This method is useful to form layers of new endothelial or epithelial cells in a tissue lumen such as a blood vessel, or for repairing lesions or replacing damaged cells on the inside of blood vessels due to angioplasty or other vessel injury. Autologous endothelial cells are obtained, washed, and mixed with a hydrogel, e.g., a thermosensitive hydrogel.
In the dog model, carotid arteries are exposed surgically and clamped to isolate about 2 to 3 cm regions. The vessels are artificially injured by crushing with a hemostat. The isolated zones are cleaned and rinsed with a syringe containing sterile saline.
Approximately 0.1 to 0.5 mls of the hydrogel-endothelial cell composition is applied to the lining of the carotid arteries by painting with several brush strokes of a biopsy brush attachment of an endoscope. Identical surfaces in control animals are painted with hydrogel only (without cells) and are analyzed in the same manner as the treated group, e.g., using gross and histological techniques, as described above.
Optimal cell concentrations may vary from mammal to mammal, but should be between 10 and 60 million cells/ml, e.g., between 20 and 50 million cells/ml. The hydrogel-endothelial cell composition should be applied to create a uniform layer between 10 and 500 microns in thickness, e.g., about 20 to 50 microns in thickness, depending on the type of blood vessel.
After 5 minutes, the clamps are removed to allow normal blood flow. The application site is histologically examined two, four, six, and eight weeks after application to determine the amount of new cell lining growth at the application sites. Success in the dog model provides evidence that the same techniques, using human endothelial cells, will be effective to generate new endothelial tissue within blood vessels in human patients.
The methods of the invention are also useful to generate new skin tissue to replace lost skin, e.g., due to wounds and burns. Autologous epidermal and/or dermal cells are obtained, washed, and mixed with a desired hydrogel.
In the mouse model, athymic mice dorsal skin is abraded to create a wound either through the epidermal cell layer only or through both the epidermal and dermal cell layers. For wounds only to the epidermal cell layer, approximately 0.1 to 0.5 mls of the hydrogel-epidermal cell composition is applied to the skin by painting with several brush strokes or by spraying directly onto the area after the bleeding has stopped.
If the abrasion wounded both the epidermal and dermal cell layers, either (1) a thin layer of hydrogel-dermal cell composition is applied to the wound as described above and allowed to solidify before applying a thin layer of the hydrogel-epidermal cell composition, or (2) a thin layer of hydrogel-dermal cell composition is applied to the wound as described above and allowed to solidify and become vascularized before applying a thin layer of a hydrogel-epidermal cell composition.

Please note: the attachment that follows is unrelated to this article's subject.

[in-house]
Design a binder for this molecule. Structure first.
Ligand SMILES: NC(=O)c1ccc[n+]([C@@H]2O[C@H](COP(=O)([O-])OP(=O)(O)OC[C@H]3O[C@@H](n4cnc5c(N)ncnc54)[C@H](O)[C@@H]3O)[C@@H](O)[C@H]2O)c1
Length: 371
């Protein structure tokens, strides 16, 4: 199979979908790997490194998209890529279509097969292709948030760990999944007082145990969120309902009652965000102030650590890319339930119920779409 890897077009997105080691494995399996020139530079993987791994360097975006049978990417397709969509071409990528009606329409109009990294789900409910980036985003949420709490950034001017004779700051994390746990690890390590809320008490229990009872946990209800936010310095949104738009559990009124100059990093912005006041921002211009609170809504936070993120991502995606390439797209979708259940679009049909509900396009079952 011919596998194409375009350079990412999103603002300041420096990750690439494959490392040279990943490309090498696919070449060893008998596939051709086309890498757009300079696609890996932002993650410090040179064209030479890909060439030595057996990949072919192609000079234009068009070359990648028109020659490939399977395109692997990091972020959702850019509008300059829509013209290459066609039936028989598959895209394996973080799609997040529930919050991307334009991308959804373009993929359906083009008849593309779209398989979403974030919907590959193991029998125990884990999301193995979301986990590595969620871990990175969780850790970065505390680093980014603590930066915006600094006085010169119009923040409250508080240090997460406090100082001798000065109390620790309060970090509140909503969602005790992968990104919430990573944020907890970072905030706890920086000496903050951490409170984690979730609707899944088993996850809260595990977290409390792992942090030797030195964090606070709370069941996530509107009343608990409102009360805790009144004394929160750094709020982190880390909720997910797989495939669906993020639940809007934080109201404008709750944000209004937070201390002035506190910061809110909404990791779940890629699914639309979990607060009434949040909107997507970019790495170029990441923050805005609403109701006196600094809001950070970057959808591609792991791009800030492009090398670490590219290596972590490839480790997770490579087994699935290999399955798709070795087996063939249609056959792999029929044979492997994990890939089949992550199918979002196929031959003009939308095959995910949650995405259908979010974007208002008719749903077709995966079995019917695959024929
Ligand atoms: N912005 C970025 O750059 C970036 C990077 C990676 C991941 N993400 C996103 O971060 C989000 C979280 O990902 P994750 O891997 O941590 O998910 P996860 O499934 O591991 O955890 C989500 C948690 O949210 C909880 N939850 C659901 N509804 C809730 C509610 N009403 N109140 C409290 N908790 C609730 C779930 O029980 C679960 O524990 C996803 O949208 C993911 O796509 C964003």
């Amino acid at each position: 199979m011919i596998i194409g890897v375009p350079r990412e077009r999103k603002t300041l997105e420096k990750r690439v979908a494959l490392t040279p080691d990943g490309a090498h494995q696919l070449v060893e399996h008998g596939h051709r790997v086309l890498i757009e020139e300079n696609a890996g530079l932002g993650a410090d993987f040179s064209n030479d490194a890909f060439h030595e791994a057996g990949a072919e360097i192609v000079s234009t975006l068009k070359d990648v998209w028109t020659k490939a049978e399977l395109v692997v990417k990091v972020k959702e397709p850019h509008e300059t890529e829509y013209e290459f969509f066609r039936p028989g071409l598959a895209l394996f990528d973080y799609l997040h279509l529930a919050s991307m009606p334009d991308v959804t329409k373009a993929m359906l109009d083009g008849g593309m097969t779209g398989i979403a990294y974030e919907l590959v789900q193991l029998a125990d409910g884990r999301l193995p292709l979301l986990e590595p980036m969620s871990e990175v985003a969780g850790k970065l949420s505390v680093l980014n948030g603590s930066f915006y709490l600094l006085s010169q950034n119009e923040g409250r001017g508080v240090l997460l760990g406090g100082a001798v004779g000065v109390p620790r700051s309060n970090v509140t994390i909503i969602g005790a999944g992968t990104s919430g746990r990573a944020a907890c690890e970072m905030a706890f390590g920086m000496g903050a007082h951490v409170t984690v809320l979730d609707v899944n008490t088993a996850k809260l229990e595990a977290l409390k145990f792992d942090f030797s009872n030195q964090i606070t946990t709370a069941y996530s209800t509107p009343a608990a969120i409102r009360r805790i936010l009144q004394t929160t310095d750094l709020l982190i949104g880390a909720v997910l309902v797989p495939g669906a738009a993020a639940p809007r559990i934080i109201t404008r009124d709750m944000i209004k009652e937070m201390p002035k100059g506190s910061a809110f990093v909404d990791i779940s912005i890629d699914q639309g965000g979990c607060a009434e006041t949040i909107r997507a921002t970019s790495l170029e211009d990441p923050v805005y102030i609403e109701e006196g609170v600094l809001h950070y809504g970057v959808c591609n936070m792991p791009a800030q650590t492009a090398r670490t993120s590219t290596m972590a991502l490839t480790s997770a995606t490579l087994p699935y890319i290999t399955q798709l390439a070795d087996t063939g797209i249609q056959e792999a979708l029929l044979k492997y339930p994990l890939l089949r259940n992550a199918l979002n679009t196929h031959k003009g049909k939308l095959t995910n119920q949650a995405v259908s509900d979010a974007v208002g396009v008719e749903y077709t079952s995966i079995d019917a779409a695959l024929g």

Optimal cell concentration may vary from mammal to mammal, but should be between 10 and 60 million cells/ml, e.g., between 20 and 50 million cells/ml. The hydrogel-epidermal cell composition and hydrogel-dermal cell composition are applied to create two layers between 0.2 and 2.0 mm in thickness, e.g., to match the thickness of normal skin at the site.
The application site is histologically examined two, four, six, and eight weeks after application to determine the amount of new skin growth at the application sites. Success in the mouse model provides evidence that the same techniques, using human dermal and epidermal cells, will be effective to generate new skin tissue in human patients.
The methods of the invention are also useful in correcting ulcerated lesions in the gastrointestinal lining. Autologous stomach epithelial cells are obtained, washed, and mixed with a desired hydrogel, e.g., a thermosensitive or light solidified hydrogel.
In the dog model, dog stomach linings are abraded to create a lesion about 0.5 mm to 1.0 mm deep. When the bleeding stops, approximately 0.1 to 0.5 mls of the hydrogel-epithelial cell composition is applied to the stomach lining by painting with several brush strokes of a biopsy brush attachment for an endoscope. The hydrogel solidifies, e.g., upon exposure to the body temperature of the dog, or by exposure to light of the appropriate wavelength.
Optimal cell concentration may vary from mammal to mammal, but should be between 10 and 60 million cells/ml, and most preferably between 20 and 50 million cells/ml. The hydrogel-epithelial cell composition is applied to create a uniform layer between 0.5 and 3.0 mm in thickness, e.g., to match the thickness of normal stomach lining.
The application site is histologically examined two, four, six, and eight weeks after application to determine the amount of new stomach lining growth at the application sites. Success in the dog model provides evidence that the same techniques, using human epithelial cells, will be effective to generate new stomach lining tissue in human patients.
It is to be understood that while the invention has been described in conjunction with the detailed description thereof, that the foregoing description is intended to illustrate and not limit the scope of the invention, which is defined by the scope of the appended claims. Other aspects, advantages, and modifications are within the scope of the following claims.
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|U.S. Classification||623/23.76, 604/290, 604/28, 602/48, 602/49, 623/23.72|
|International Classification||A61K47/36, C12N5/00, A61K47/10, A61L27/52, A61L27/38|
|Cooperative Classification||A61L27/3891, A61L27/3847, A61L27/52, A61K47/10, C12N2539/10, A61L27/3843, A61L27/3817, A61K47/36, A61L27/3852, C12N5/0068, A61L27/3839, C12N2533/30, C12N2533/74, A61L27/3813|
|European Classification||A61L27/38F2, A61L27/38B6, A61L27/38B4, A61L27/38D2D, A61K47/10, A61K47/36, C12N5/00S, A61L27/38D, A61L27/38D2, A61L27/38D2B, A61L27/52|